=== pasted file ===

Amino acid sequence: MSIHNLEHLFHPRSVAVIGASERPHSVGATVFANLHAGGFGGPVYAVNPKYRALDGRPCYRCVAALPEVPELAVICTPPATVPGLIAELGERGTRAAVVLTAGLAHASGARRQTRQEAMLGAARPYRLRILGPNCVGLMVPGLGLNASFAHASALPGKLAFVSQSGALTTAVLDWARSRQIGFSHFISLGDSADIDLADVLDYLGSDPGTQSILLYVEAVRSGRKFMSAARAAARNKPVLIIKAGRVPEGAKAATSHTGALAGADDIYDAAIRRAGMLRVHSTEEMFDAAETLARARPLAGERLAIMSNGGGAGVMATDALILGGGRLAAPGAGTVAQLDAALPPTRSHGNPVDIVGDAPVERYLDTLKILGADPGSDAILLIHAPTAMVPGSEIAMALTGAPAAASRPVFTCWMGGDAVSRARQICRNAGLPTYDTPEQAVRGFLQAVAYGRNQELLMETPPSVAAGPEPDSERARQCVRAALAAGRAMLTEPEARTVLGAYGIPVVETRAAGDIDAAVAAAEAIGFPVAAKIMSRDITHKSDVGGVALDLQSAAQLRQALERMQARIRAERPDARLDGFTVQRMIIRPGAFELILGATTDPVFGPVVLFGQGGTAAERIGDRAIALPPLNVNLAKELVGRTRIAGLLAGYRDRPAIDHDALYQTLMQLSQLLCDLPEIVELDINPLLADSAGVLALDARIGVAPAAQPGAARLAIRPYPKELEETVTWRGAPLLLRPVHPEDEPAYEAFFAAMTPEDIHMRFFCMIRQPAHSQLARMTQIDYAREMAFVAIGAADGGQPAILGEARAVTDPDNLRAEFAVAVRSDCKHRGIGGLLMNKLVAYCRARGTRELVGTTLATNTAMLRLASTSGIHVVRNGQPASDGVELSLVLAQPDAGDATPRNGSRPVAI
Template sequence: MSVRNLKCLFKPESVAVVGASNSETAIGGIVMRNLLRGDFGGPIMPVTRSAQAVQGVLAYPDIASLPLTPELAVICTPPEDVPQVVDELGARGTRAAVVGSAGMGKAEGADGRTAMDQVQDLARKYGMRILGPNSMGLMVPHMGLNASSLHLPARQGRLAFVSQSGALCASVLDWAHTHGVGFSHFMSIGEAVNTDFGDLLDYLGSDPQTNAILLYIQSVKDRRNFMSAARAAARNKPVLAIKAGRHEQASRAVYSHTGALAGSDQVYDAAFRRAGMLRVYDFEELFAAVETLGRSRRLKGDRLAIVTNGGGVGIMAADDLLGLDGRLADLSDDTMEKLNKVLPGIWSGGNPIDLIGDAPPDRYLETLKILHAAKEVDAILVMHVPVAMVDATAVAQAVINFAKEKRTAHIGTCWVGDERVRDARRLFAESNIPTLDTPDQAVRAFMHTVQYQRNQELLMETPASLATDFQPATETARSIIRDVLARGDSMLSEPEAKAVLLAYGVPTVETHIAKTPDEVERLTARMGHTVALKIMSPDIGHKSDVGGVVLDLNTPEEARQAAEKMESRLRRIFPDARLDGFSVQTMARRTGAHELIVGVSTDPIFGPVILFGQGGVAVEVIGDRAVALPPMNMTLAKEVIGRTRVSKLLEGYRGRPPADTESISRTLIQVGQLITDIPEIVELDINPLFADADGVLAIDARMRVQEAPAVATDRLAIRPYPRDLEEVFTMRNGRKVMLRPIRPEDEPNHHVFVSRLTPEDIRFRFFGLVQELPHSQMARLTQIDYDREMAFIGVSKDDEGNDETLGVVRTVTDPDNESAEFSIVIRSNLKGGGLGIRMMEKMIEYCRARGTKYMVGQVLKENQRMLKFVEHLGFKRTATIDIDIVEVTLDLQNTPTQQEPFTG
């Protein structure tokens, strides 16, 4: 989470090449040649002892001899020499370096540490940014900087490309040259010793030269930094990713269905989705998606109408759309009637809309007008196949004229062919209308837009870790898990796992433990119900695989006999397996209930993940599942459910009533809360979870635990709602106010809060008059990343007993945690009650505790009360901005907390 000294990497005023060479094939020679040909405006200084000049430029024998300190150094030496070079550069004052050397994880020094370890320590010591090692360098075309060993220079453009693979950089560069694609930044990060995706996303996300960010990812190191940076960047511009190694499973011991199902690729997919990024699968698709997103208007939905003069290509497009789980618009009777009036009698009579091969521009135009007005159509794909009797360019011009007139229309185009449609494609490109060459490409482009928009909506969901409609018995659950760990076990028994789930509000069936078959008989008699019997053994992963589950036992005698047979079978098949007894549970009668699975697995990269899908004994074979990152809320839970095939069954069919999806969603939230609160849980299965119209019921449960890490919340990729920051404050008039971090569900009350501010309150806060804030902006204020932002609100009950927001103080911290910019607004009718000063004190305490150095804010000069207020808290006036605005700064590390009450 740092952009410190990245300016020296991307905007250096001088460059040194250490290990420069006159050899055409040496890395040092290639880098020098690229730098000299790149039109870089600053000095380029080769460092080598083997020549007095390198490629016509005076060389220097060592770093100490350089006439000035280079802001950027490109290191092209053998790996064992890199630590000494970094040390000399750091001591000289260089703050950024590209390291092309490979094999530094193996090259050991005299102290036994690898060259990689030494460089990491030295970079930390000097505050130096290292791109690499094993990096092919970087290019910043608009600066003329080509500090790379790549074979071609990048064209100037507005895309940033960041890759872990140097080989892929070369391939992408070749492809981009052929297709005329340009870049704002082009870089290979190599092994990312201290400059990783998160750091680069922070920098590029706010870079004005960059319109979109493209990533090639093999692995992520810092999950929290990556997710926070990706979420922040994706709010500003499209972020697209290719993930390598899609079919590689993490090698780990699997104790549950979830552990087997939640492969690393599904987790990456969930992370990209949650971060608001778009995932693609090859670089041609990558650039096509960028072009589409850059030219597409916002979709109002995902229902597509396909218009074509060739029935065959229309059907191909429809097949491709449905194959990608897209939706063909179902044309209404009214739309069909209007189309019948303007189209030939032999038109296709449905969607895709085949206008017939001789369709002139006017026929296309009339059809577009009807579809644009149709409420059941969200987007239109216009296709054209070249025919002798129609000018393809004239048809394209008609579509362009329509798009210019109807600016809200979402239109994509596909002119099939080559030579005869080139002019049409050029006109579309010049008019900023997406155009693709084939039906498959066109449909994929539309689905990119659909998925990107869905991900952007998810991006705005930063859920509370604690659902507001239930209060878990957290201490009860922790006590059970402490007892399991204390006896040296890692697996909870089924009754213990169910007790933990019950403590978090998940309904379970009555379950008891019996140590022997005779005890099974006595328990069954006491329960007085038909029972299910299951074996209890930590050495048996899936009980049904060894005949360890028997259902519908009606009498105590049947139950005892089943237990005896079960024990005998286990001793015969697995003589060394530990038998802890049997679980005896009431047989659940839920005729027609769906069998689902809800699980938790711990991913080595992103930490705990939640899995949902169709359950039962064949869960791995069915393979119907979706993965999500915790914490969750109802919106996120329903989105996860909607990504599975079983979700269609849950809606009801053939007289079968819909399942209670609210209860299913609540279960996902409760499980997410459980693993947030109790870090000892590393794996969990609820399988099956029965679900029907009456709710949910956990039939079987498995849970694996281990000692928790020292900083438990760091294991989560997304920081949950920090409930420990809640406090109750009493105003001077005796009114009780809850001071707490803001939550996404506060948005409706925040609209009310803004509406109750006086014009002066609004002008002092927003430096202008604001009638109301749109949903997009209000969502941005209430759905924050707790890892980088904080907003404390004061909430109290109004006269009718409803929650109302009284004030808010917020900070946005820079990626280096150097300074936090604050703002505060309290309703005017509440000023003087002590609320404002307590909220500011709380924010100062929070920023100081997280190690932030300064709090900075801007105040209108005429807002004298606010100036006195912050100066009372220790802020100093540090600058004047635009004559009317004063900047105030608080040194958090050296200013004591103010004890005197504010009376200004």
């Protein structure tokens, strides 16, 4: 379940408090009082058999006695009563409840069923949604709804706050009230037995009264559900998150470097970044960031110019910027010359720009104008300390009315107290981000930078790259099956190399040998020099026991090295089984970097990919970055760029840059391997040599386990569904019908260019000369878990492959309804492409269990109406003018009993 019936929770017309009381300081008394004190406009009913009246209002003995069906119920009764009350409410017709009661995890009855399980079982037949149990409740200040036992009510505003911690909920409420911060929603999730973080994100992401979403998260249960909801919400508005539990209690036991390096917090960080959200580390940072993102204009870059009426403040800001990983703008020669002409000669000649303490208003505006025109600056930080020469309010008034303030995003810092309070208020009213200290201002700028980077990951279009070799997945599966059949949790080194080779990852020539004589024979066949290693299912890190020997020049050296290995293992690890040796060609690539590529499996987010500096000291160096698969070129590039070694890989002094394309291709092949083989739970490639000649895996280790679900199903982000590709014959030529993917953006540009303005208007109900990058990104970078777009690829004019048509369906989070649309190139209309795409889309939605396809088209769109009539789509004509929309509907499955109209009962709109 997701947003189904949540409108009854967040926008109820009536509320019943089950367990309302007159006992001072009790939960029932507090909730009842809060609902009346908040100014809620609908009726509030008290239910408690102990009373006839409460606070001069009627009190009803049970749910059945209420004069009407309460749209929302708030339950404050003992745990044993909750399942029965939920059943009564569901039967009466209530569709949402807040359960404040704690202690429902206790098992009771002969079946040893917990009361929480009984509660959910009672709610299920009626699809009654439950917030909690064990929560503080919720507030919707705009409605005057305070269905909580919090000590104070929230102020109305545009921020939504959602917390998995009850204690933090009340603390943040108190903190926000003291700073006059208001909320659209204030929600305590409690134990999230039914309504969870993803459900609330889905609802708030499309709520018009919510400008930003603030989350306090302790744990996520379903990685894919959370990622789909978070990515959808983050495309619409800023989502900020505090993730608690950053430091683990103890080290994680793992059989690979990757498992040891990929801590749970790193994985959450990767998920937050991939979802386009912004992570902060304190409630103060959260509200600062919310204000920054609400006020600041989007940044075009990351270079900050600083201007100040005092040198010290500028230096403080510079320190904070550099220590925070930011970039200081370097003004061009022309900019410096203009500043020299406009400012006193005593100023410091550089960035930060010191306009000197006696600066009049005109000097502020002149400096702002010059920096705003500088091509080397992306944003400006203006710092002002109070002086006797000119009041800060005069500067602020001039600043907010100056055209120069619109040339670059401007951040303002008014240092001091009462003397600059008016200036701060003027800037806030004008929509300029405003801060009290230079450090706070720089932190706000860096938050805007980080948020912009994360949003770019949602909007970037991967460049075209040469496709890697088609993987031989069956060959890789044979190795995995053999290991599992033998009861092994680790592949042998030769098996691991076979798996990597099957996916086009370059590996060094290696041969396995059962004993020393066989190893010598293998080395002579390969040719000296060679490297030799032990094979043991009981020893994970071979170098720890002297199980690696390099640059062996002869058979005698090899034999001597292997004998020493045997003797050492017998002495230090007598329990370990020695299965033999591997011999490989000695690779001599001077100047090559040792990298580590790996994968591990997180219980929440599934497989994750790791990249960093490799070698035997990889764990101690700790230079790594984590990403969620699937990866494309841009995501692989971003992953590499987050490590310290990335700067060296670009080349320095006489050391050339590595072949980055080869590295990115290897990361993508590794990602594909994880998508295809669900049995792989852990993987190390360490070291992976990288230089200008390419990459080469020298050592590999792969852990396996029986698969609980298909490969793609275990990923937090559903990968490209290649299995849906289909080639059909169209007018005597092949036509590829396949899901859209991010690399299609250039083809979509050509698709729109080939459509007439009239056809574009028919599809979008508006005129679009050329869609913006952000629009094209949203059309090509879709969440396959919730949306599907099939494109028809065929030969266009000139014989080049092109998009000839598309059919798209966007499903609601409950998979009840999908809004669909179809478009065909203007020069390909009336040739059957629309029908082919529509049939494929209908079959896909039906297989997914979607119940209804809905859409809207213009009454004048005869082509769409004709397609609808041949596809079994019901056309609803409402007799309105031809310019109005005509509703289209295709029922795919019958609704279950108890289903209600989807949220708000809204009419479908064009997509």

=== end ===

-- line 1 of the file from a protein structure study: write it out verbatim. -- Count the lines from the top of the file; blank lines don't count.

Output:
Amino acid sequence: MSIHNLEHLFHPRSVAVIGASERPHSVGATVFANLHAGGFGGPVYAVNPKYRALDGRPCYRCVAALPEVPELAVICTPPATVPGLIAELGERGTRAAVVLTAGLAHASGARRQTRQEAMLGAARPYRLRILGPNCVGLMVPGLGLNASFAHASALPGKLAFVSQSGALTTAVLDWARSRQIGFSHFISLGDSADIDLADVLDYLGSDPGTQSILLYVEAVRSGRKFMSAARAAARNKPVLIIKAGRVPEGAKAATSHTGALAGADDIYDAAIRRAGMLRVHSTEEMFDAAETLARARPLAGERLAIMSNGGGAGVMATDALILGGGRLAAPGAGTVAQLDAALPPTRSHGNPVDIVGDAPVERYLDTLKILGADPGSDAILLIHAPTAMVPGSEIAMALTGAPAAASRPVFTCWMGGDAVSRARQICRNAGLPTYDTPEQAVRGFLQAVAYGRNQELLMETPPSVAAGPEPDSERARQCVRAALAAGRAMLTEPEARTVLGAYGIPVVETRAAGDIDAAVAAAEAIGFPVAAKIMSRDITHKSDVGGVALDLQSAAQLRQALERMQARIRAERPDARLDGFTVQRMIIRPGAFELILGATTDPVFGPVVLFGQGGTAAERIGDRAIALPPLNVNLAKELVGRTRIAGLLAGYRDRPAIDHDALYQTLMQLSQLLCDLPEIVELDINPLLADSAGVLALDARIGVAPAAQPGAARLAIRPYPKELEETVTWRGAPLLLRPVHPEDEPAYEAFFAAMTPEDIHMRFFCMIRQPAHSQLARMTQIDYAREMAFVAIGAADGGQPAILGEARAVTDPDNLRAEFAVAVRSDCKHRGIGGLLMNKLVAYCRARGTRELVGTTLATNTAMLRLASTSGIHVVRNGQPASDGVELSLVLAQPDAGDATPRNGSRPVAI